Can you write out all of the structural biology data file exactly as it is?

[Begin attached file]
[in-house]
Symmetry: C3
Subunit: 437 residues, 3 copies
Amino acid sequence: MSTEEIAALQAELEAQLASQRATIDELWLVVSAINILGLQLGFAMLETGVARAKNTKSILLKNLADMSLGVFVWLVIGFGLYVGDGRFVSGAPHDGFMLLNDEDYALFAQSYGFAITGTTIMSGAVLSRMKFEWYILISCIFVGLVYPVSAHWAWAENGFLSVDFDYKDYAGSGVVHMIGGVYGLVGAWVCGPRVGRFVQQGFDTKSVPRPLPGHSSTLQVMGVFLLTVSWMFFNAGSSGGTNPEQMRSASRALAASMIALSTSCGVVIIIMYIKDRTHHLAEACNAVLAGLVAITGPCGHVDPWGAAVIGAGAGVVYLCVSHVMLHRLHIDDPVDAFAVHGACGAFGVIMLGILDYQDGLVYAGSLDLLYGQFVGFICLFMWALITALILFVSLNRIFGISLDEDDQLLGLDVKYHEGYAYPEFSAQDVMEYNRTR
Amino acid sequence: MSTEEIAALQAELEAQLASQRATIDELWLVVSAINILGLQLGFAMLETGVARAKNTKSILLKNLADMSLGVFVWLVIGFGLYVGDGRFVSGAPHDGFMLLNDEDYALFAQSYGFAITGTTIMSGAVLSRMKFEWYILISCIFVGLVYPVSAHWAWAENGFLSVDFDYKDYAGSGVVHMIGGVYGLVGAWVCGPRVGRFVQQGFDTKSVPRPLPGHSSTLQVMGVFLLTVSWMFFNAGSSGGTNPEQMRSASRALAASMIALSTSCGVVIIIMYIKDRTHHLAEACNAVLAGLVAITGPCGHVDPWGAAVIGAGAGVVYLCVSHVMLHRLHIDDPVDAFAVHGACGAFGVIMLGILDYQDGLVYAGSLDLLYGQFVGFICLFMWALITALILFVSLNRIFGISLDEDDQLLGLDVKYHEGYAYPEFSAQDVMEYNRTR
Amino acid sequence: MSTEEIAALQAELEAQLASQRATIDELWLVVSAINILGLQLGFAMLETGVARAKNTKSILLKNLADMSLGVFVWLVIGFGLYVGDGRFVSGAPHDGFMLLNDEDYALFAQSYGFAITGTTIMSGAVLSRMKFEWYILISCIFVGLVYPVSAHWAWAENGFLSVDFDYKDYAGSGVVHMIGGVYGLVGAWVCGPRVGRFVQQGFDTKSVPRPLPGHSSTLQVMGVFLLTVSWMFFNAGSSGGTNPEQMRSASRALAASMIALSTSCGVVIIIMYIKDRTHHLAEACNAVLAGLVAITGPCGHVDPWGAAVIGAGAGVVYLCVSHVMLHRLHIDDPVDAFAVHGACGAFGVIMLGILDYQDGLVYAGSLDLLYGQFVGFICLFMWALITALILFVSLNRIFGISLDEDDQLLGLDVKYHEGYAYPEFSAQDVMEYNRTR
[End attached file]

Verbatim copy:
[in-house]
Symmetry: C3
Subunit: 437 residues, 3 copies
Amino acid sequence: MSTEEIAALQAELEAQLASQRATIDELWLVVSAINILGLQLGFAMLETGVARAKNTKSILLKNLADMSLGVFVWLVIGFGLYVGDGRFVSGAPHDGFMLLNDEDYALFAQSYGFAITGTTIMSGAVLSRMKFEWYILISCIFVGLVYPVSAHWAWAENGFLSVDFDYKDYAGSGVVHMIGGVYGLVGAWVCGPRVGRFVQQGFDTKSVPRPLPGHSSTLQVMGVFLLTVSWMFFNAGSSGGTNPEQMRSASRALAASMIALSTSCGVVIIIMYIKDRTHHLAEACNAVLAGLVAITGPCGHVDPWGAAVIGAGAGVVYLCVSHVMLHRLHIDDPVDAFAVHGACGAFGVIMLGILDYQDGLVYAGSLDLLYGQFVGFICLFMWALITALILFVSLNRIFGISLDEDDQLLGLDVKYHEGYAYPEFSAQDVMEYNRTR
Amino acid sequence: MSTEEIAALQAELEAQLASQRATIDELWLVVSAINILGLQLGFAMLETGVARAKNTKSILLKNLADMSLGVFVWLVIGFGLYVGDGRFVSGAPHDGFMLLNDEDYALFAQSYGFAITGTTIMSGAVLSRMKFEWYILISCIFVGLVYPVSAHWAWAENGFLSVDFDYKDYAGSGVVHMIGGVYGLVGAWVCGPRVGRFVQQGFDTKSVPRPLPGHSSTLQVMGVFLLTVSWMFFNAGSSGGTNPEQMRSASRALAASMIALSTSCGVVIIIMYIKDRTHHLAEACNAVLAGLVAITGPCGHVDPWGAAVIGAGAGVVYLCVSHVMLHRLHIDDPVDAFAVHGACGAFGVIMLGILDYQDGLVYAGSLDLLYGQFVGFICLFMWALITALILFVSLNRIFGISLDEDDQLLGLDVKYHEGYAYPEFSAQDVMEYNRTR
Amino acid sequence: MSTEEIAALQAELEAQLASQRATIDELWLVVSAINILGLQLGFAMLETGVARAKNTKSILLKNLADMSLGVFVWLVIGFGLYVGDGRFVSGAPHDGFMLLNDEDYALFAQSYGFAITGTTIMSGAVLSRMKFEWYILISCIFVGLVYPVSAHWAWAENGFLSVDFDYKDYAGSGVVHMIGGVYGLVGAWVCGPRVGRFVQQGFDTKSVPRPLPGHSSTLQVMGVFLLTVSWMFFNAGSSGGTNPEQMRSASRALAASMIALSTSCGVVIIIMYIKDRTHHLAEACNAVLAGLVAITGPCGHVDPWGAAVIGAGAGVVYLCVSHVMLHRLHIDDPVDAFAVHGACGAFGVIMLGILDYQDGLVYAGSLDLLYGQFVGFICLFMWALITALILFVSLNRIFGISLDEDDQLLGLDVKYHEGYAYPEFSAQDVMEYNRTR